Whatever culture you choose to build, considering how the language and culture will inform one another will help make your societies more believable. If I could give one piece of advice about worldbuilding to aspiring writers, it would be this: every decision you make about a culture needs to inform every other decision. They each will have a ripple effect. One cannot simply plunk in a polyamorous family structure across an entire society and have everything else in the whole culture sound just like a middle class New Jersey neighborhood circa 2015. All of the choices we make inform all of the other choices. It’s in following each decision we make to its logical conclusion that we build truly rich and unique societies.

Kameron HurleyKameron Hurley is the author of The Mirror Empire and Empire Ascendant and the God’s War Trilogy. Hurley has won the Hugo Award, Kitschy Award, and Sydney J. Bounds Award for Best Newcomer; she has also been a finalist for the Arthur C. Clarke Award, Nebula Award, the Locus Award, BFS Award, the Gemmell Morningstar Award and the BSFA Award for Best Novel. Her short fiction has appeared in Popular Science Magazine, Lightspeed Magazine, Year’s Best SF, The Lowest Heaven, and Meeting Infinity. Her nonfiction has been featured in The Atlantic, Locus Magazine, and the upcoming collection The Geek Feminist Revolution. She has a website, and can be found on Twitter and Facebook.

4 comments on “GUEST POST: Language and Fictional Cultures, by Kameron Hurley

  1. Pingback: The Empire is Ascendant: EMPIRE ASCENDANT Blog Tour 2015 | Kameron Hurley

  2. The idea that because a culture has “no word for X,” it has trouble seeing or understanding X, is largely discredited in linguistics, but it has become a commonplace in popular culture. For a huge archive of discussions on this, see http://languagelog.ldc.upenn.edu/nll/?p=1081 . That doesn’t really diminish the value of what you’re saying, but we always want to fight the spread of this misconception, or at least add some nuance to it.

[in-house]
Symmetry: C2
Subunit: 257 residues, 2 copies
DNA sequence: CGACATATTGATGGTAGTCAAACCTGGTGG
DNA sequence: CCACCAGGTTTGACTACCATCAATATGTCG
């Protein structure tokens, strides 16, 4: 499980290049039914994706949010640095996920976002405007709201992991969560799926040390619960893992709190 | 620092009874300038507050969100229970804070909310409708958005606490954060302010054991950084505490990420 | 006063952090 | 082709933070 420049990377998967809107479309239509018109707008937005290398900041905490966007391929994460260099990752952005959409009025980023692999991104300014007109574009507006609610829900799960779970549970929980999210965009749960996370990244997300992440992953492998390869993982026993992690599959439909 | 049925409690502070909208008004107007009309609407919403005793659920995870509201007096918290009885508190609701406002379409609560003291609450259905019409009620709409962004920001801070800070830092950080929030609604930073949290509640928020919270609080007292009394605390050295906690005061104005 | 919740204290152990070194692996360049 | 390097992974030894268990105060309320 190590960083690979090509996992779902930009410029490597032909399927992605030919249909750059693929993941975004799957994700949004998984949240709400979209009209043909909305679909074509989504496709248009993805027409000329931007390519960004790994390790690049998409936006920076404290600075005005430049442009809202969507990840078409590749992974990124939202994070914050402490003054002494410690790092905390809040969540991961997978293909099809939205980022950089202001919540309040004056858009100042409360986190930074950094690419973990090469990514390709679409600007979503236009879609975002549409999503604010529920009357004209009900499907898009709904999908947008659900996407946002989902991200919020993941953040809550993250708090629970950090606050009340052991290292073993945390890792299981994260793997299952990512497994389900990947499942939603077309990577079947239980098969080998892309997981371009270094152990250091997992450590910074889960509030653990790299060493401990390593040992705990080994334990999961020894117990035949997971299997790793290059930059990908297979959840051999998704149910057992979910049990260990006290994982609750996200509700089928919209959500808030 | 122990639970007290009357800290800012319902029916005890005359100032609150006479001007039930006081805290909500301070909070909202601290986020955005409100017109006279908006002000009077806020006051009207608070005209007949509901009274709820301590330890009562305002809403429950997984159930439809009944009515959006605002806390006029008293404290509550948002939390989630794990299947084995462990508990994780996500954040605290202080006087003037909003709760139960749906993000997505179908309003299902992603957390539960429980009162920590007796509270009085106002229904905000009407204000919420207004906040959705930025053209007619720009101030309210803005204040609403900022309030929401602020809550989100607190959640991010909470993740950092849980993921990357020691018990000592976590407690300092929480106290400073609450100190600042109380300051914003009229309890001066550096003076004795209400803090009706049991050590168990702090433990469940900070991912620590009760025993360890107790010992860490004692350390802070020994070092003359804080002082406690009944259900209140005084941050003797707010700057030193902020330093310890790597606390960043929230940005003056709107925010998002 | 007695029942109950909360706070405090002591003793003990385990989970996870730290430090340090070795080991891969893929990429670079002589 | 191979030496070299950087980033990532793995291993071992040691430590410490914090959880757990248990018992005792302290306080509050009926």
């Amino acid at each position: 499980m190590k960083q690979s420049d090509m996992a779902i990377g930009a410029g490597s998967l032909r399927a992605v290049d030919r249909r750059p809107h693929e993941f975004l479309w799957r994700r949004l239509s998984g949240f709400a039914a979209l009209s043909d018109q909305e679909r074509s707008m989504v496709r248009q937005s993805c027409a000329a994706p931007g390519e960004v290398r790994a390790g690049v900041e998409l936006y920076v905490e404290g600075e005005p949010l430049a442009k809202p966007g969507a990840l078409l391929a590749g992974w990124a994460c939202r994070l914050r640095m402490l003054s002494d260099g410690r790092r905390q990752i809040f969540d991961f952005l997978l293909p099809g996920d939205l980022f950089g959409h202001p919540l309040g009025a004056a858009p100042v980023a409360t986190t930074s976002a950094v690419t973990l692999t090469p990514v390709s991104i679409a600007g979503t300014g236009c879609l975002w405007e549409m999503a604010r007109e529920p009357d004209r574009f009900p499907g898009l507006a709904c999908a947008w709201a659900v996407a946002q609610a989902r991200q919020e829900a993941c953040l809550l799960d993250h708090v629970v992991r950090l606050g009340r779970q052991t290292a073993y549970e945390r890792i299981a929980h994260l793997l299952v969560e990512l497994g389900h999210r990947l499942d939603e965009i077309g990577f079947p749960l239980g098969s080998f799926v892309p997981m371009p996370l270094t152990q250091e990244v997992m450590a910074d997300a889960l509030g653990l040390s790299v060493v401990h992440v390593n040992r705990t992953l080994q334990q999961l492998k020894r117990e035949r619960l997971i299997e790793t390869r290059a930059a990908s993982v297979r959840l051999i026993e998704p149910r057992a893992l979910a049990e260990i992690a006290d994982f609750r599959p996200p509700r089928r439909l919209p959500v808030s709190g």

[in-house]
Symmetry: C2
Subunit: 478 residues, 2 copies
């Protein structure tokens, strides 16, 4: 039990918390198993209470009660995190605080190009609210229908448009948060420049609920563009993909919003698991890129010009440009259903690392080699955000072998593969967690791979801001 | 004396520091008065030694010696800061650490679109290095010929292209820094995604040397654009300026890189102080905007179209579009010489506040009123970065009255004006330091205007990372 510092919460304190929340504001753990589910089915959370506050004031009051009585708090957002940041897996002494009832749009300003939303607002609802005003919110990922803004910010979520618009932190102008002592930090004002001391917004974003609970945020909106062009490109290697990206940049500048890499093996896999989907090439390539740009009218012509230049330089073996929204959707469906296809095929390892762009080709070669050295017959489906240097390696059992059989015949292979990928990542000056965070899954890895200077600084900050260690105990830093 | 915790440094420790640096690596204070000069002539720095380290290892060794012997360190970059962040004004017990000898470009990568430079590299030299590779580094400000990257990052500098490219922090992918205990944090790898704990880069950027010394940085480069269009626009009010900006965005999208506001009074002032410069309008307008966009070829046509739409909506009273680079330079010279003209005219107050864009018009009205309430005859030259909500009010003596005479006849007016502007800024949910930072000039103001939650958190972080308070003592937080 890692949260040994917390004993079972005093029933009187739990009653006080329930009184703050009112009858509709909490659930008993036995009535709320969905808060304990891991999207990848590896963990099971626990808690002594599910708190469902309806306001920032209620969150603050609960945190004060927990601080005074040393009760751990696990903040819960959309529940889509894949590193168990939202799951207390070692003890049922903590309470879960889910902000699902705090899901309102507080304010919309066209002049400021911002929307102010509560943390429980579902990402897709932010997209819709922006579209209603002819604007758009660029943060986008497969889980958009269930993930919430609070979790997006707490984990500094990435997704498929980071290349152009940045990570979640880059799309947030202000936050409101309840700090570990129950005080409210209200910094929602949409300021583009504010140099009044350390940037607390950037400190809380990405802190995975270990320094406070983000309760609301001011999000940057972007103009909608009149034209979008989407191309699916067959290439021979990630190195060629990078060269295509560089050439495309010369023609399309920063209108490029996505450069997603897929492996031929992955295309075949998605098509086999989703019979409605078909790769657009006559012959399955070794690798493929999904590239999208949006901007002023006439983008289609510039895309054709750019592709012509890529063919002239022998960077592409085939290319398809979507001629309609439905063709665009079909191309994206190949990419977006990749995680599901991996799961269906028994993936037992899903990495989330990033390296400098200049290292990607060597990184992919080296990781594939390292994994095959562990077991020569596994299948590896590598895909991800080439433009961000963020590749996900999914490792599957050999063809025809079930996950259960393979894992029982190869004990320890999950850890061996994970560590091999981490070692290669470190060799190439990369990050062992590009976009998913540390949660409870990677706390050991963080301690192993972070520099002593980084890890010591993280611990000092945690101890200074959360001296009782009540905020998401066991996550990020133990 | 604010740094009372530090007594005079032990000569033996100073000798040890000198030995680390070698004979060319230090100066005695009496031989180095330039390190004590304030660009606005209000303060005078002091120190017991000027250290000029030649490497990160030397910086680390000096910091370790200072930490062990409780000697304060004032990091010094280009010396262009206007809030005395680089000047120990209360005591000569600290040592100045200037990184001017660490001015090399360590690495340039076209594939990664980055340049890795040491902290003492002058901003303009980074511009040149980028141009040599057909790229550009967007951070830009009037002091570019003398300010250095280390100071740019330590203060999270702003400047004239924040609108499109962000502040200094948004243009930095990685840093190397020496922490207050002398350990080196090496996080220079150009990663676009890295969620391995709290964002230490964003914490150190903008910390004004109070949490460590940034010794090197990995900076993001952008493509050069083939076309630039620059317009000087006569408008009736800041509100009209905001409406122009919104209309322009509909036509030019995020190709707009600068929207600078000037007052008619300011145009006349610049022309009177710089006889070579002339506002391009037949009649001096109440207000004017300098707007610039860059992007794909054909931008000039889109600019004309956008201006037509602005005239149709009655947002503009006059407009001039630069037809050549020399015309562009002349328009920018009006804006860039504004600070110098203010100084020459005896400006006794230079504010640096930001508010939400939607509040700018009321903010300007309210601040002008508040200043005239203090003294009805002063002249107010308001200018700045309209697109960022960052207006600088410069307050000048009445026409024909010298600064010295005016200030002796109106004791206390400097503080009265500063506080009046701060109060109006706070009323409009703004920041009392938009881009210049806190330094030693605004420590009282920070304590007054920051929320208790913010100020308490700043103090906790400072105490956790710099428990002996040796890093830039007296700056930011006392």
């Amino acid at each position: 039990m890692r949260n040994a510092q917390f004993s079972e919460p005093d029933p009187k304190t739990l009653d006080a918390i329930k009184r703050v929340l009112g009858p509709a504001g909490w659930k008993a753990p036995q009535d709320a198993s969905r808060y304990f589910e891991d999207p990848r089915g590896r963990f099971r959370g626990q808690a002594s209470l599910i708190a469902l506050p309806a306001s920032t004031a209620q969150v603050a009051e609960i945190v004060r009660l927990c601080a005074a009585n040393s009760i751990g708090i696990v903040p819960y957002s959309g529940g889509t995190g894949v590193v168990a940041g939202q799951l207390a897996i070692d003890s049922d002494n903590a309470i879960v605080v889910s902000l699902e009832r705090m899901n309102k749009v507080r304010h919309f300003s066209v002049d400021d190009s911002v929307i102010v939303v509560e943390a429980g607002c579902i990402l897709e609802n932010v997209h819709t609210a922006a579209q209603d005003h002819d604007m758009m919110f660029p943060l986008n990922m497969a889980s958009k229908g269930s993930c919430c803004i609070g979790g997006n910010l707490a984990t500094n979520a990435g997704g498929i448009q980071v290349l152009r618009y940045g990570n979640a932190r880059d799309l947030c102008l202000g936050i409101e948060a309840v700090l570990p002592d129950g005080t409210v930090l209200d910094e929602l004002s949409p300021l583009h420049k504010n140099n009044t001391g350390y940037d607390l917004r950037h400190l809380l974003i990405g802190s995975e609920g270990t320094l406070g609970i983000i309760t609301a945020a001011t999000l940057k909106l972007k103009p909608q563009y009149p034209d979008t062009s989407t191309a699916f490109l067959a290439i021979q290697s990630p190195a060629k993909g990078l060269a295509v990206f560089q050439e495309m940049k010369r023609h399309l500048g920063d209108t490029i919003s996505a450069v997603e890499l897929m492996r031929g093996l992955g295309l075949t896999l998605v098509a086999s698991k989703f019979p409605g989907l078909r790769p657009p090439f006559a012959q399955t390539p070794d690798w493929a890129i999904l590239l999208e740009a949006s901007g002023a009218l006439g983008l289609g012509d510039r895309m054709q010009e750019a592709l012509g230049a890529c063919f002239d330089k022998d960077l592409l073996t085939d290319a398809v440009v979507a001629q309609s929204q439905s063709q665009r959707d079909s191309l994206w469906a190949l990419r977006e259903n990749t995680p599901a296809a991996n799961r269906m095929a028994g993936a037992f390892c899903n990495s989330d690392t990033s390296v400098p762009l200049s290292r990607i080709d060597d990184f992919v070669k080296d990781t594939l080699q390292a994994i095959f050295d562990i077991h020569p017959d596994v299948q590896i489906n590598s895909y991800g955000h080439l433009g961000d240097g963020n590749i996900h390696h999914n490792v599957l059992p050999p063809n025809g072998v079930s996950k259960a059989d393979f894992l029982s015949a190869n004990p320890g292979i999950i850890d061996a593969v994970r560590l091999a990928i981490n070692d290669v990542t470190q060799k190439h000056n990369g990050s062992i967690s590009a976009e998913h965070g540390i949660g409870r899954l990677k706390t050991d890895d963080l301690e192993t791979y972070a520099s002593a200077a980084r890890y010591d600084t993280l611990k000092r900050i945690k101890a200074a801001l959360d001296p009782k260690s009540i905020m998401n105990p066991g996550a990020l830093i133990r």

• For what it’s worth, most of those discussions on Language Log seem to centre around urban legends, “a friend of a friend told me” stories, combined with saying a lot of, “There’s no one word for this concept in other languages, but there are combinations of words to express the same thing.” Some languages simply don’t have equivalent words in other languages. I think a lot of people confuse “this language doesn’t have a word for X” as meaning, “the culture that speaks this language has no way of expressing X whatsoever,” which isn’t exactly what Kameron is referring to in the post. Using the example of rape that Kameron used here, it would be entirely possible to express that someone was raped by saying, “that person touched me without consent, and it was in a sexual fashion.” That gets across the idea within that culture’s and language’s confines, without having one specific word for the act itself, the way we do.